2017 Most Influential Women in Health IT: For Women Who Seek to Lead and Excel

Throughout the past 25 years, I have enjoyed the opportunity to mentor a number of professionals at various levels of their careers. As a hospital executive and CIO, here is my most consistent advice to women in health IT:

Keep sight of values and vision

  • Begin by identifying your personal and professional values; then, keep them front of mind.
  • Create a vision that is clear eyed and encompasses the business performance goals of your organization.
  • Operate consistently within your sense of fairness and consideration for others. Your colleagues and bosses will recognize this leadership trait in you, and you will be valued not only for your job performance, but as a role model.

The best leaders are values driven and results oriented.

Organize and prioritize with eyes on the prize

  • Establish a priority list for every project you lead.
  • Begin each day with a review and reordering, if necessary, of your goals for the day.
  • Establish short-term and long-term goals, and make sure that they are concrete so that you can measure progress.

Keep customer service consistent

  • Make sure that excellent customer service is the underlying goal for all others. Solicit guidance and feedback from your customers.
  • Make sure that you listen to them and understand the way they work and how you can help to improve their effectiveness. Manage your customers’ expectations. Set reasonable schedules for deliverables and meet them.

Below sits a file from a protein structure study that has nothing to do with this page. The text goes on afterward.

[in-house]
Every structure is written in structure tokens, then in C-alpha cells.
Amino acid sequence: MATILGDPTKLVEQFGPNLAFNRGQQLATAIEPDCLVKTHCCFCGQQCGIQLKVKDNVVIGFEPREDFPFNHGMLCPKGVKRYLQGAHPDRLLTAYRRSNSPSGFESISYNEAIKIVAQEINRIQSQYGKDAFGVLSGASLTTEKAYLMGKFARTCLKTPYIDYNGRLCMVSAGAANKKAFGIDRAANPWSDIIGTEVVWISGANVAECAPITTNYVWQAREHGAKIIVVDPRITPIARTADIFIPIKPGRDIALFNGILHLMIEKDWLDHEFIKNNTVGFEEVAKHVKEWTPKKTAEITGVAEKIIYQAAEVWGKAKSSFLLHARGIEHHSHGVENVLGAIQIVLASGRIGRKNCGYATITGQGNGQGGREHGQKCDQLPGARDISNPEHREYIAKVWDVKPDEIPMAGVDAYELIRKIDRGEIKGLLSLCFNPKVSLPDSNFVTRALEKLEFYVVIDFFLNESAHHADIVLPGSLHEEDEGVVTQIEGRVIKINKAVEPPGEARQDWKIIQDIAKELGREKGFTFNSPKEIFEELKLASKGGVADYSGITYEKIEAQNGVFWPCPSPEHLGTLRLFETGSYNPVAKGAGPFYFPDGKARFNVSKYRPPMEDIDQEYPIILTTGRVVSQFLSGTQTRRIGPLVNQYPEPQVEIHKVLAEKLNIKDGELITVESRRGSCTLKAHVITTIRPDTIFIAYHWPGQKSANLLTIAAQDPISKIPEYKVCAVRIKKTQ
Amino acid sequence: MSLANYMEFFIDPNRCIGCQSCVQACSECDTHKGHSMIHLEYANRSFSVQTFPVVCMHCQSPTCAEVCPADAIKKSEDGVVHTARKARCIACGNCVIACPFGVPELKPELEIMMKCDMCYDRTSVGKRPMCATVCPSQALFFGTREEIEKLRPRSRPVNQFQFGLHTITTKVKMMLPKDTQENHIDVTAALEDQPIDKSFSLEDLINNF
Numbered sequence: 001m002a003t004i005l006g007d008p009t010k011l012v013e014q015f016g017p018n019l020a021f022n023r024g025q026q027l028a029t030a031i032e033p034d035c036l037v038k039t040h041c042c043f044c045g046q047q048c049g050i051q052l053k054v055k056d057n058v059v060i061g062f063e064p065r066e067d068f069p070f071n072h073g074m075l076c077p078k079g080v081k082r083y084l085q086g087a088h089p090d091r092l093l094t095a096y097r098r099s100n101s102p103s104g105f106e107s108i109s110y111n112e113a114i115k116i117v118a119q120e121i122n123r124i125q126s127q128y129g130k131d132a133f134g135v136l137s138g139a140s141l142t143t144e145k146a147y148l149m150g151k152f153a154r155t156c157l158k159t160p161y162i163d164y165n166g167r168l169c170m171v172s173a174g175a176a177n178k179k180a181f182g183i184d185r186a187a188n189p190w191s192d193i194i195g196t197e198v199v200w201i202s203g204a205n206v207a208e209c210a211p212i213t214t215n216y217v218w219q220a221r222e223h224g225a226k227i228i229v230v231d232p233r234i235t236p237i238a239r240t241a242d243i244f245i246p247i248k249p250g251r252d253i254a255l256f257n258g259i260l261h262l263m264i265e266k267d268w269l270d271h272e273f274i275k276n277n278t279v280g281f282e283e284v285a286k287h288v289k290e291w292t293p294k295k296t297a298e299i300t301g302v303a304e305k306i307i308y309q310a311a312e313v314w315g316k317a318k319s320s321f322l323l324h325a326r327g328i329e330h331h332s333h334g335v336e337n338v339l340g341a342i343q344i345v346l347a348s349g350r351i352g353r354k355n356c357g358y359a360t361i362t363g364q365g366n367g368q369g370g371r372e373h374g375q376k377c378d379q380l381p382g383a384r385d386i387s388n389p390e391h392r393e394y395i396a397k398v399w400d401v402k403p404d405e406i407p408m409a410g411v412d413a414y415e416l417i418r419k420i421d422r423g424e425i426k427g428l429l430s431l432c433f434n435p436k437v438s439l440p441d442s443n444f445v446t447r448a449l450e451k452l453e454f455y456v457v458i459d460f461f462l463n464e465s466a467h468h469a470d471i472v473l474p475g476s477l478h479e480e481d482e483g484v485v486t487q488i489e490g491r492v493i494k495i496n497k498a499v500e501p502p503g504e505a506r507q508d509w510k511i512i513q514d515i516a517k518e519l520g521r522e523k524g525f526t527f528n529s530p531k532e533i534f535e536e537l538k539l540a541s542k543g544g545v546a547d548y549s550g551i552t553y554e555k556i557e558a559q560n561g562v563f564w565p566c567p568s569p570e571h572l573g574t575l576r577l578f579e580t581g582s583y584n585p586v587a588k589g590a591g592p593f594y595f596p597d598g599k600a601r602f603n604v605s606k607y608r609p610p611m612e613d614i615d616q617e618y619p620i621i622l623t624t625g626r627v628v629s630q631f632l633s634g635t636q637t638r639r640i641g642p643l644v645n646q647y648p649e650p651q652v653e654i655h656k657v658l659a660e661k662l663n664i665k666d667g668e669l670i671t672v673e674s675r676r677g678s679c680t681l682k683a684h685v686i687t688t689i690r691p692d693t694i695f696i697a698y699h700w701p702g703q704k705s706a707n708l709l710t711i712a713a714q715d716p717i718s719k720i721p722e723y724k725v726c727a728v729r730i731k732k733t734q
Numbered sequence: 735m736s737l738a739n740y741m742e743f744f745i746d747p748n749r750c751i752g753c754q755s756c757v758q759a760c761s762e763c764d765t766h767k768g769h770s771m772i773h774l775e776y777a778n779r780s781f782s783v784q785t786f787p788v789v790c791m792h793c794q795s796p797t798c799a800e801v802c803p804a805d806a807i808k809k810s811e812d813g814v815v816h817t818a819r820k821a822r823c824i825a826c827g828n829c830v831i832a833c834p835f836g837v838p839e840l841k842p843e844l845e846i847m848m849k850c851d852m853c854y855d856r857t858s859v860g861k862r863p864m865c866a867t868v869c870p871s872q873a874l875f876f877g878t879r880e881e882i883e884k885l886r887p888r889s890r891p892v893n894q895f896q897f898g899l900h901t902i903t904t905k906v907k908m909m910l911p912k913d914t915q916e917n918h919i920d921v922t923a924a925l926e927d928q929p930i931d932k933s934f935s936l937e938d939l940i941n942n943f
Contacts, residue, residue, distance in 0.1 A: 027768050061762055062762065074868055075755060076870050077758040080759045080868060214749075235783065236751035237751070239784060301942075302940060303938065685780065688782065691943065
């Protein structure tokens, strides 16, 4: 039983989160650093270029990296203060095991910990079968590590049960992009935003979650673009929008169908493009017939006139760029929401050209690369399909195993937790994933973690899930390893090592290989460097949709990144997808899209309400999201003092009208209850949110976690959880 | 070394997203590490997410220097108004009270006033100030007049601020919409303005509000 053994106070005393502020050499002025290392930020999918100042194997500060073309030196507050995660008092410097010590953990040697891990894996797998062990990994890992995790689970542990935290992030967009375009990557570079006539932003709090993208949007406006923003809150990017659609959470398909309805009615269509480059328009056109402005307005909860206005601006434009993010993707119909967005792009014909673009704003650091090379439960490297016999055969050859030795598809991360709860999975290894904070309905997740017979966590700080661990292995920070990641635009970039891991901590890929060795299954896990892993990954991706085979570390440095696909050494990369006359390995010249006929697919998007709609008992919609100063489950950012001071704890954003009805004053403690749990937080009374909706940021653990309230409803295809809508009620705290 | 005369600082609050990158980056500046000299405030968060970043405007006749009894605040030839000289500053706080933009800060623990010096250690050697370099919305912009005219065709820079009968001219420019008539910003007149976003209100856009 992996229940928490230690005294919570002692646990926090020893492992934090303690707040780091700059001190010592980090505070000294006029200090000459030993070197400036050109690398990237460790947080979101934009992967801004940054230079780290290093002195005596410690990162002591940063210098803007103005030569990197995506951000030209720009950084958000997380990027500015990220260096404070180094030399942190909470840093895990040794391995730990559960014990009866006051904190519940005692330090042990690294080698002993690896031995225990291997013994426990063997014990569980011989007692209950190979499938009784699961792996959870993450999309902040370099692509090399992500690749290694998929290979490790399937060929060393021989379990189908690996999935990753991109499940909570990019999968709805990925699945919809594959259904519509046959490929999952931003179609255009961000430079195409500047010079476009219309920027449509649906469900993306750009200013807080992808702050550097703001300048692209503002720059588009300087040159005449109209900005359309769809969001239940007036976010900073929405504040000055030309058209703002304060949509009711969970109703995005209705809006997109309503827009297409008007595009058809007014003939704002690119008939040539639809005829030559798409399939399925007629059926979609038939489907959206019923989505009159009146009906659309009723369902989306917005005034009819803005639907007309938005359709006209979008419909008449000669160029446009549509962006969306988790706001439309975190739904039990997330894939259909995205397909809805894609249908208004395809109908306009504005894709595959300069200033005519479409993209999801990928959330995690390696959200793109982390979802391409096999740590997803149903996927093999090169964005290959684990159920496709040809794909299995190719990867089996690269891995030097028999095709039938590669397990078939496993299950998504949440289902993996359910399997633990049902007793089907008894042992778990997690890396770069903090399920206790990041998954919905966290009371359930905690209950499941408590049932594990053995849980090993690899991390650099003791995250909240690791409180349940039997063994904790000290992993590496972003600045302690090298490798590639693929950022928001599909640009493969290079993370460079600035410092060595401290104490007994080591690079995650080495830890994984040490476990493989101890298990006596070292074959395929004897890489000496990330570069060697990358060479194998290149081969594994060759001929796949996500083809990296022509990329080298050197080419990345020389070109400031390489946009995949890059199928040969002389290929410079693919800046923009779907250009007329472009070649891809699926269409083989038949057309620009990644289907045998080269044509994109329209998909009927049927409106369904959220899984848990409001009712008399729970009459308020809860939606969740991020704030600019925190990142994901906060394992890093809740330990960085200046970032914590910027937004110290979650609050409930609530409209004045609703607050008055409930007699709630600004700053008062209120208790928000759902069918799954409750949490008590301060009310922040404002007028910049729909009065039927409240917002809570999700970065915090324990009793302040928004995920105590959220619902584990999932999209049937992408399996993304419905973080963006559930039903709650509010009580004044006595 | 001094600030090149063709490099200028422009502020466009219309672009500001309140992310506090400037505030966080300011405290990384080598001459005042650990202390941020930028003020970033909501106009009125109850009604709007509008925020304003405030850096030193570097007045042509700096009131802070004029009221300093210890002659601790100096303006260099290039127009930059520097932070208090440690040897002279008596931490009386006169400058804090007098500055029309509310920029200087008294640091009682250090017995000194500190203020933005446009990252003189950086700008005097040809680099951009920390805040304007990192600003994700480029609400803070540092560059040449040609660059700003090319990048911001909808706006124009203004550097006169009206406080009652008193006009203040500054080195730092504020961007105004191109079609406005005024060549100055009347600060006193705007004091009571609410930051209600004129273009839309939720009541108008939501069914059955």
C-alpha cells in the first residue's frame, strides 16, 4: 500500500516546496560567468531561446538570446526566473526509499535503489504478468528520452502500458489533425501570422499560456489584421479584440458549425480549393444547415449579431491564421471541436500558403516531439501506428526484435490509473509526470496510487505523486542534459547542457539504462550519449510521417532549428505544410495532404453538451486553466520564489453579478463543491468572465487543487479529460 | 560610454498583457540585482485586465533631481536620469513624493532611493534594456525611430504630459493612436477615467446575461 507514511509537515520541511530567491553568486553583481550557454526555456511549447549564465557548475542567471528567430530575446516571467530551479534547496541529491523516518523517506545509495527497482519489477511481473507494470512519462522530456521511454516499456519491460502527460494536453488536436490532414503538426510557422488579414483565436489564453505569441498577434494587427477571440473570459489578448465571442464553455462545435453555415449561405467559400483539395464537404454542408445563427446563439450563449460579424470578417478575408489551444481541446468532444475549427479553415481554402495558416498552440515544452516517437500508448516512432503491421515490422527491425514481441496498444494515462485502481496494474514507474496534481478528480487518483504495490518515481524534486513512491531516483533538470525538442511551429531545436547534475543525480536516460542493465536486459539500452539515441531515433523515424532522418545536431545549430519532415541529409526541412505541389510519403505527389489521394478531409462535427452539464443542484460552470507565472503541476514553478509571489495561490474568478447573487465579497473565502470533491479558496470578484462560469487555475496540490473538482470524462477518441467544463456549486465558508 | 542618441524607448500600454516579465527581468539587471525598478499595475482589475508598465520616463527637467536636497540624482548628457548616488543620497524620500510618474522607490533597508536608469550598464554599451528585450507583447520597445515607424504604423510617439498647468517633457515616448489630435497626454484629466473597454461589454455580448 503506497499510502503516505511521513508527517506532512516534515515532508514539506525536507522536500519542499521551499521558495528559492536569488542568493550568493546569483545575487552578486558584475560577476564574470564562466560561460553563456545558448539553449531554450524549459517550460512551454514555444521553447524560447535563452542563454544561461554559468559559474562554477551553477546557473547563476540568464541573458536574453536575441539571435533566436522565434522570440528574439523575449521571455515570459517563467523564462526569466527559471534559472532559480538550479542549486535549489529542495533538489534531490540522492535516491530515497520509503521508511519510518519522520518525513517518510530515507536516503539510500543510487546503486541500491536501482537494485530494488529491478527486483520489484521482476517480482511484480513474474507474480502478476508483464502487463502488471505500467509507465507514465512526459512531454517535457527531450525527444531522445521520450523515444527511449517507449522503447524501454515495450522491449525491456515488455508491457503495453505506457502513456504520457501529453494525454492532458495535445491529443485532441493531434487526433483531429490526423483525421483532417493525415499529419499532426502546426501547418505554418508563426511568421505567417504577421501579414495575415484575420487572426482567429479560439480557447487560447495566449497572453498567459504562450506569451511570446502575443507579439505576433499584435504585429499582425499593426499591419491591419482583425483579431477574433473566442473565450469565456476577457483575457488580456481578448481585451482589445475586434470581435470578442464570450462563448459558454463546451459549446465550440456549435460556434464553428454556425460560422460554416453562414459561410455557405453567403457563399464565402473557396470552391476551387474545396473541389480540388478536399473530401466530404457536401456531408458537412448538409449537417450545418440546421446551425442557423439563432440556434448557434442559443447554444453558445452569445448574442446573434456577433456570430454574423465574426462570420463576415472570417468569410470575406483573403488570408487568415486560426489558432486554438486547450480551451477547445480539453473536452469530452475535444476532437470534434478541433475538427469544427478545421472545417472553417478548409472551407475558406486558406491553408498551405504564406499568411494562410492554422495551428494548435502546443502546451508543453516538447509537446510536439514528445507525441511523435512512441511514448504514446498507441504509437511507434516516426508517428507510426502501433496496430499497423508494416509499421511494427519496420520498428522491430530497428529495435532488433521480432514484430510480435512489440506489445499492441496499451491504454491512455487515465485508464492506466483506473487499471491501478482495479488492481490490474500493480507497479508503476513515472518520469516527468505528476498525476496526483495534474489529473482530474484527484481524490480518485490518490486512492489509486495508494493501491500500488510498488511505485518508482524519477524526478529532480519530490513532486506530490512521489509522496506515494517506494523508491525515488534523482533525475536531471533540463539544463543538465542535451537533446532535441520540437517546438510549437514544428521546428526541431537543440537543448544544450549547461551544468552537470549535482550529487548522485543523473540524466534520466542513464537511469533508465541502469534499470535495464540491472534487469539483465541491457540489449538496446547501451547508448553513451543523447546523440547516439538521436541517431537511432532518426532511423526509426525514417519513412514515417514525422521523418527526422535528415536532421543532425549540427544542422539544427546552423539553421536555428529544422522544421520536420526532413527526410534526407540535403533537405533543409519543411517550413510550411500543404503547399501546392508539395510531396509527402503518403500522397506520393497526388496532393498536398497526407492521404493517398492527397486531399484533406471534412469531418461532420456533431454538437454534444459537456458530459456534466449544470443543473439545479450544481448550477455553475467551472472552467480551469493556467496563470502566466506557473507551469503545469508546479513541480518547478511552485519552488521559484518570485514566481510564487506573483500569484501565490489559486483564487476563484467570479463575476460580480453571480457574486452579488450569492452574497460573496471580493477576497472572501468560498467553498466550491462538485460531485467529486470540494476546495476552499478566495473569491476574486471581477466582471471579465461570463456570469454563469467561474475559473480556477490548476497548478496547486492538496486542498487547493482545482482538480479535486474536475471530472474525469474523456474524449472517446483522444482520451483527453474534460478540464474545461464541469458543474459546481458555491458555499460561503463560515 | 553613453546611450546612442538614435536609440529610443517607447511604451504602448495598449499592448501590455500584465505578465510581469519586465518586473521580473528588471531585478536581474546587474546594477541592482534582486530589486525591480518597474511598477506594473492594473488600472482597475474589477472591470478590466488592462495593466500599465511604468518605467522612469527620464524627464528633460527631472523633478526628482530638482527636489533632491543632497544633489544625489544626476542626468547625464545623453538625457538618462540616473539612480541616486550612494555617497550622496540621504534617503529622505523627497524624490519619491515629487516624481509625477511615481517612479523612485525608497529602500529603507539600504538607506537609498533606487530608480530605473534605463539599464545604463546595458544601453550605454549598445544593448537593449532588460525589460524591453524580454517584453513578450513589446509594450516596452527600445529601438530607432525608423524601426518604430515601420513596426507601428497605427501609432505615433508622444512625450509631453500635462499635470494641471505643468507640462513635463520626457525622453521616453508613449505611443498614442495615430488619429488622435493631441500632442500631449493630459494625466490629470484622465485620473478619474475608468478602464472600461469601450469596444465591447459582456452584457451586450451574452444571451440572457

• Define success and measure each step towards achieving it. Establish a baseline and prioritize concrete goals with timeframes for accomplishing them.
  • Don’t promise the impossible; people will respect you more if you are truthful and direct in your dealings. You may not always be able to get them what they want, but frequently, you can get them what they need.

Communicate for success

Communication is the key to every successful relationship, personal and professional. When I have responsibility for any effort, for example, a technology implementation, or development of a strategic plan and budget, or daily operations of a large department, I connect at every level of the organization. I let them know how the project will impact them. It is impossible to “over-communicate”! Here’s my advice:

Step 1: Tell them what you plan to do.

Step 2: Keep them updated on the progress you are making.

Step 3: Follow up and inform all relevant parties when you have achieved the goals.

To the greatest extent possible, make sure that you are aligned with the organizations that you are a part of. If you find yourself uneasy with the direction others are heading, you may still be able to lead and achieve success if your vision and values persevere. Your integrity will underlie and guide your decision-making at the most difficult times, shining a light brightly in the direction that achieves the best results for patients, providers and staff.

Finally: be generous with your time and advice to others. Take the time to build and maintain your professional network. And ALWAYS make sure you give priority to and support other women.


Know someone like Diane?

Nominate them for the HIMSS Most Influential Women in Health IT Awards.